Friday, May 18, 2012

A Dilly-Dally in Dallas

I spent this past weekend in Dallas, Texas. While the express purpose of Maria's and my trip there was not birding, I was certainly hoping to fit some in on Saturday. I had all my gear together and my routes planned out and my extra pair of socks and then...I remembered to check the weather. Dallas weather has a love-hate relationship with me, in that it loves to make me hate it. I was pretty dismayed to check the weather and see that Dallas would be getting it's Thor on, with thunderstorms predicted for most of Saturday. Even so, I grabbed an old buddy from college, Taylor Butler (how appropriate) Posey, and made him drive me out to Cedar Hill State Park for some overcast observing.

I logged seven new bird species for my life list, though to be fair most of the species were birds I had previously observed--Common Grackles, Chimney Swifts, American Crows, Ruby-Throated Hummingbirds--stuff that, statistically, I must've seen, but wasn't recording at the time. These common birds were just the tip of the iceberg, and even though we were forced back into the car during a typical twenty-minute Dallas downpour, we had a lot of other great sightings.

The trip down to Cedar Hill State Park is a nifty drive, and along the Hwy 408 roadside we encountered one of the first signs that we weren't in Arizona anymore (other than the gratuitous rain). There were three cattle grazing in an adjacent field, and three Cattle Egrets grazing next to them. I'd seen Cattle Egrets in Texas before, but never next to cattle. It's great when a bird lives up to its namesake. I was hoping one would perch on the cow, but that would've been too much.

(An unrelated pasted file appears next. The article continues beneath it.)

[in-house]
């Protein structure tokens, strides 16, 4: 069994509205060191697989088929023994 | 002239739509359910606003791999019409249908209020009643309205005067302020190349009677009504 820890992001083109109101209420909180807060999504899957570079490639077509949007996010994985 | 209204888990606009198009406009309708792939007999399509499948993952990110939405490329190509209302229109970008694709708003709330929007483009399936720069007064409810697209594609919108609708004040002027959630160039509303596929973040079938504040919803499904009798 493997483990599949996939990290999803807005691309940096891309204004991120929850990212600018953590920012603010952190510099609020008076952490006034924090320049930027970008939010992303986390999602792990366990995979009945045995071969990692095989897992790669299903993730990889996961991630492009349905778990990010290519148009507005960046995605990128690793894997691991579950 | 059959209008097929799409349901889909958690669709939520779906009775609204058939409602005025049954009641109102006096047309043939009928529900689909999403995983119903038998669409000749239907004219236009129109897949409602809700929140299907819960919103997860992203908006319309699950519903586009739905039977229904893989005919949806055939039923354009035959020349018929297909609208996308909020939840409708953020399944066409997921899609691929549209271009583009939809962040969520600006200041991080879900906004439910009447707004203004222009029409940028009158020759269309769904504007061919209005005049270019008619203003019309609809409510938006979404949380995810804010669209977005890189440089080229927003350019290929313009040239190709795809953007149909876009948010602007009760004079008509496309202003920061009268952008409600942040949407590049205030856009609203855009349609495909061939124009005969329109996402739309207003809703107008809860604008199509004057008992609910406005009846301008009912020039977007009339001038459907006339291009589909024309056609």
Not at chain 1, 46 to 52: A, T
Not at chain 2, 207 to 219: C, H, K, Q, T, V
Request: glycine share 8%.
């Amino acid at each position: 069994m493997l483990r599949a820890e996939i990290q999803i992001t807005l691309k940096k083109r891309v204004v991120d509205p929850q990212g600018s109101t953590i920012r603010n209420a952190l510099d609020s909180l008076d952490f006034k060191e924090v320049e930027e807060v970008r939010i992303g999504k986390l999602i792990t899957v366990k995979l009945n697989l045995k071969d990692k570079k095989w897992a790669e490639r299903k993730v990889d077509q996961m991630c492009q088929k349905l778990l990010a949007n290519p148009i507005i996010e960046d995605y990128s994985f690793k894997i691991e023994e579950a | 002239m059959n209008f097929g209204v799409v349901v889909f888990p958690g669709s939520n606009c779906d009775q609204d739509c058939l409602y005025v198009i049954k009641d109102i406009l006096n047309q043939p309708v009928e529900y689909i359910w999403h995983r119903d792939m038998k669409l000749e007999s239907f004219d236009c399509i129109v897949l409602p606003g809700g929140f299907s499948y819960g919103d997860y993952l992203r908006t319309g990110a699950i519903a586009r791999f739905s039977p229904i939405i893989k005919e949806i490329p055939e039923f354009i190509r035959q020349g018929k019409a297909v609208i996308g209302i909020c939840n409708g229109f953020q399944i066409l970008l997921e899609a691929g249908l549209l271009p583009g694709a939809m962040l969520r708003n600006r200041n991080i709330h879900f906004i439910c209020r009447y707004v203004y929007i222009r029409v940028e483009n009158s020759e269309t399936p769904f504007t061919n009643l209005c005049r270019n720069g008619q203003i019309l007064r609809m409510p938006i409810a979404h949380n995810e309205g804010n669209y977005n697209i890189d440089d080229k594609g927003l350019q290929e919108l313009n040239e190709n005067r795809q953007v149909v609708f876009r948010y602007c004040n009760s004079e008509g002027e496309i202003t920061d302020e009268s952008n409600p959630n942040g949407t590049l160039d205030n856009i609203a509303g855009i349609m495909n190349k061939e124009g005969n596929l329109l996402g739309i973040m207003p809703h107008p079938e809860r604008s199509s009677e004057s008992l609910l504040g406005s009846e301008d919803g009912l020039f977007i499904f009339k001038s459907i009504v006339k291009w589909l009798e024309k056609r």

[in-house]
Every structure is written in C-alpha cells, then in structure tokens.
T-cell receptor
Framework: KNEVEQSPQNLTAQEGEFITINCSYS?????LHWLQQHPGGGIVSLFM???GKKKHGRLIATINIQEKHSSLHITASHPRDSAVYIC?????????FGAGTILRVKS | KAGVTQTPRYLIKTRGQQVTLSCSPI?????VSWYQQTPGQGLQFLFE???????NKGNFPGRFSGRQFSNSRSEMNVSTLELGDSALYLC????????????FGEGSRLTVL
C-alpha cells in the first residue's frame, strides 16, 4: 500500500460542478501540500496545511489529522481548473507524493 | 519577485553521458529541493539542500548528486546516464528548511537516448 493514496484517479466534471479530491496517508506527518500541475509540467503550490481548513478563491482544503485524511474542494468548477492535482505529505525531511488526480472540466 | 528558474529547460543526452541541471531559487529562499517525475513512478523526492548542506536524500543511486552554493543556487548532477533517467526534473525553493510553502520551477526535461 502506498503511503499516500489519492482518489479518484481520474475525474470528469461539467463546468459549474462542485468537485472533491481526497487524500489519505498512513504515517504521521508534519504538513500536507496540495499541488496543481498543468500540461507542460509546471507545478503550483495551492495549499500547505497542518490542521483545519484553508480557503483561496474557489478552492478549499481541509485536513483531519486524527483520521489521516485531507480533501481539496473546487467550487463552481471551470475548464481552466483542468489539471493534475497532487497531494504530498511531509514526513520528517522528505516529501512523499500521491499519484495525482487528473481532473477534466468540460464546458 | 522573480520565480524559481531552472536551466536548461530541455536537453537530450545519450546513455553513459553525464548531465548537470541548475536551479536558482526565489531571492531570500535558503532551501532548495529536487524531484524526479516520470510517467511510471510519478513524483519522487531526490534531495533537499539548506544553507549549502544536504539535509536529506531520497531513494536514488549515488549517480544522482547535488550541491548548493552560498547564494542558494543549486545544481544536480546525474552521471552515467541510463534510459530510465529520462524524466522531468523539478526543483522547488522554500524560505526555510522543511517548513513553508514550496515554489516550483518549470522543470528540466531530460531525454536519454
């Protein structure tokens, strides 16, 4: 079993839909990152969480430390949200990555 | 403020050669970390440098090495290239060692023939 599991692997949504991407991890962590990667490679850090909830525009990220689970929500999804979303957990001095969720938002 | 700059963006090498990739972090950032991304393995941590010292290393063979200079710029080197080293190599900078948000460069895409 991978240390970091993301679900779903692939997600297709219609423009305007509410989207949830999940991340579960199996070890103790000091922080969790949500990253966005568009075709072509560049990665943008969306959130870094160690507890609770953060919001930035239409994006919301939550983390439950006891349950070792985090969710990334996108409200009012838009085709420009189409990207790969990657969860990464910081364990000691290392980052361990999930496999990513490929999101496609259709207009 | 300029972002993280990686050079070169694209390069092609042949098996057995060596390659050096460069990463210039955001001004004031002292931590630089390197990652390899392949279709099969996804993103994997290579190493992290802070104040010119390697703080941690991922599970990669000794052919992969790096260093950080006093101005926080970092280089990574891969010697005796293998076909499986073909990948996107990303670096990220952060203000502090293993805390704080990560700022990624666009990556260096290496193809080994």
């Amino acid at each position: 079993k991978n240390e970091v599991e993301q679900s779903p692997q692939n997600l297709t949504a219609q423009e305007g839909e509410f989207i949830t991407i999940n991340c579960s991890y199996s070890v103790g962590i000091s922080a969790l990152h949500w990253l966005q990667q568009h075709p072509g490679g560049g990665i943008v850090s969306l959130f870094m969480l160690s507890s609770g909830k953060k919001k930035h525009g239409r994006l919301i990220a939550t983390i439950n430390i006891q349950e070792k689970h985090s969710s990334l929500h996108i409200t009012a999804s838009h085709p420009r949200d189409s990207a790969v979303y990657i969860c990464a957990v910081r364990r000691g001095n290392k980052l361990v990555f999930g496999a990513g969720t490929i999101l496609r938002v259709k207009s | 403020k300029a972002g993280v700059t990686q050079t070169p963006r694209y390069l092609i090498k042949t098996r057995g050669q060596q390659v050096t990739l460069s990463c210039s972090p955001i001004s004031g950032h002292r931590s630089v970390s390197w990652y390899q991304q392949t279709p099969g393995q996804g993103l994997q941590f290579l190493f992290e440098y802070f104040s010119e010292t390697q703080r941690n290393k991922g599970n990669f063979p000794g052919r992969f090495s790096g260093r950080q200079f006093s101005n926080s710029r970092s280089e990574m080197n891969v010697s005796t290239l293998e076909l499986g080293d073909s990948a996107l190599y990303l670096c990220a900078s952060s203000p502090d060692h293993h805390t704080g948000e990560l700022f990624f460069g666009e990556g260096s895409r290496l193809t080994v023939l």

We didn't prepare much of a bird list for this trip, but Painted Buntings were definitely at the forefront. That being said, I wasn't very optimistic about our chances. I was mostly hoping just to get some good looks at the old Dallas regulars, but the Buntings were always at the back of my mind. Before heading into the state park, we parked at the Cedar Hill Audubon Center and walked the quick loop outside the building. The very first bird we saw, singing atop a soggy tree, was this lovely male.

With the heavy cloud cover, the bird's shyness, and their preference for staying high and singing or hiding in the thick hedges, the photographic opportunities were poor, but we did see near a dozen Buntings throughout the day. Success! What a preposterously colored bird! Who do they think they are, bringing tropical style colorations into the Texas plains!? The binocular looks were much better than the photos indicate. These birds are stunning.

After checking out the Audubon center we drove down to the nearby Cedar Hill Lake. The recent rain had really filled out the foliage. There were Cardinals all over, and we also had good looks at Carolina Wrens, Carolina Chickadees, Blue Jays, and Titmice. There were more Painted Buntings too, and we chased after these bodacious beauties with reckless abandon. Alas, the viscous Dallas clay was really starting to accumulate on our shoes, and as the rain came down with gusto.

Trying to walk with this thick, congealing mud is like walking in scuba flippers: comical but ineffective. We scraped off as best we could and headed back to the car.

Even my birding buddy Taylor, a rugged mountain man by all accounts, was in awe of the energetic earth.